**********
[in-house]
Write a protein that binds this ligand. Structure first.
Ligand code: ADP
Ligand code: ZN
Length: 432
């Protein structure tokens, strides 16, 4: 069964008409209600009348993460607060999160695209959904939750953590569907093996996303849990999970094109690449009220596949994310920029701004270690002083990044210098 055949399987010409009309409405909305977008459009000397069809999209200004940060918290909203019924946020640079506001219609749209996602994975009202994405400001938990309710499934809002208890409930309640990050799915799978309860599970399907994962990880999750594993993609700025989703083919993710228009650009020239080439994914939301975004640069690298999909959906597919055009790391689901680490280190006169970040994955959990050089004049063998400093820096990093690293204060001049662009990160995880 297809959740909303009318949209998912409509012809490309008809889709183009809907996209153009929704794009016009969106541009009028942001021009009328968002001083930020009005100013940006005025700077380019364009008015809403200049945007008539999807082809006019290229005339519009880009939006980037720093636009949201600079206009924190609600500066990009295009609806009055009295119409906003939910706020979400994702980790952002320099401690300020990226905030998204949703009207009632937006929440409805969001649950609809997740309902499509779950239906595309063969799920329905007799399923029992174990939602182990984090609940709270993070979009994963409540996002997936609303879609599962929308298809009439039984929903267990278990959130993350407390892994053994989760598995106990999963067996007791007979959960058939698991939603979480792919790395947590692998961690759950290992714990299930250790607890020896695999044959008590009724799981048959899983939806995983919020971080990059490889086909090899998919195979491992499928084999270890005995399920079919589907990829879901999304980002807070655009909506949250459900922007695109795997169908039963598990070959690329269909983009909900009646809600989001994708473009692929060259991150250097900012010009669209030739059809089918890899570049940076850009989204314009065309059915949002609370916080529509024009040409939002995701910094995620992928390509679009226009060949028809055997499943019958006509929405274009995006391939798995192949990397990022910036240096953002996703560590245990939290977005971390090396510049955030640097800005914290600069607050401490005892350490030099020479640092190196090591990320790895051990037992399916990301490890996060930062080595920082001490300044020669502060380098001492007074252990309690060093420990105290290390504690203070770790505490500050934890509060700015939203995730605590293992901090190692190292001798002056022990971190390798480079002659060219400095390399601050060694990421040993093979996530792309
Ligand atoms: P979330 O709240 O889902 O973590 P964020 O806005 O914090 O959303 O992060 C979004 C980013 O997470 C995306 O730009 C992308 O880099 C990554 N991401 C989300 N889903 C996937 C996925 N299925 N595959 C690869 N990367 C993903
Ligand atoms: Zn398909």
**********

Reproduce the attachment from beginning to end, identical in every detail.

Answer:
[in-house]
Write a protein that binds this ligand. Structure first.
Ligand code: ADP
Ligand code: ZN
Length: 432
């Protein structure tokens, strides 16, 4: 069964008409209600009348993460607060999160695209959904939750953590569907093996996303849990999970094109690449009220596949994310920029701004270690002083990044210098 055949399987010409009309409405909305977008459009000397069809999209200004940060918290909203019924946020640079506001219609749209996602994975009202994405400001938990309710499934809002208890409930309640990050799915799978309860599970399907994962990880999750594993993609700025989703083919993710228009650009020239080439994914939301975004640069690298999909959906597919055009790391689901680490280190006169970040994955959990050089004049063998400093820096990093690293204060001049662009990160995880 297809959740909303009318949209998912409509012809490309008809889709183009809907996209153009929704794009016009969106541009009028942001021009009328968002001083930020009005100013940006005025700077380019364009008015809403200049945007008539999807082809006019290229005339519009880009939006980037720093636009949201600079206009924190609600500066990009295009609806009055009295119409906003939910706020979400994702980790952002320099401690300020990226905030998204949703009207009632937006929440409805969001649950609809997740309902499509779950239906595309063969799920329905007799399923029992174990939602182990984090609940709270993070979009994963409540996002997936609303879609599962929308298809009439039984929903267990278990959130993350407390892994053994989760598995106990999963067996007791007979959960058939698991939603979480792919790395947590692998961690759950290992714990299930250790607890020896695999044959008590009724799981048959899983939806995983919020971080990059490889086909090899998919195979491992499928084999270890005995399920079919589907990829879901999304980002807070655009909506949250459900922007695109795997169908039963598990070959690329269909983009909900009646809600989001994708473009692929060259991150250097900012010009669209030739059809089918890899570049940076850009989204314009065309059915949002609370916080529509024009040409939002995701910094995620992928390509679009226009060949028809055997499943019958006509929405274009995006391939798995192949990397990022910036240096953002996703560590245990939290977005971390090396510049955030640097800005914290600069607050401490005892350490030099020479640092190196090591990320790895051990037992399916990301490890996060930062080595920082001490300044020669502060380098001492007074252990309690060093420990105290290390504690203070770790505490500050934890509060700015939203995730605590293992901090190692190292001798002056022990971190390798480079002659060219400095390399601050060694990421040993093979996530792309
Ligand atoms: P979330 O709240 O889902 O973590 P964020 O806005 O914090 O959303 O992060 C979004 C980013 O997470 C995306 O730009 C992308 O880099 C990554 N991401 C989300 N889903 C996937 C996925 N299925 N595959 C690869 N990367 C993903
Ligand atoms: Zn398909």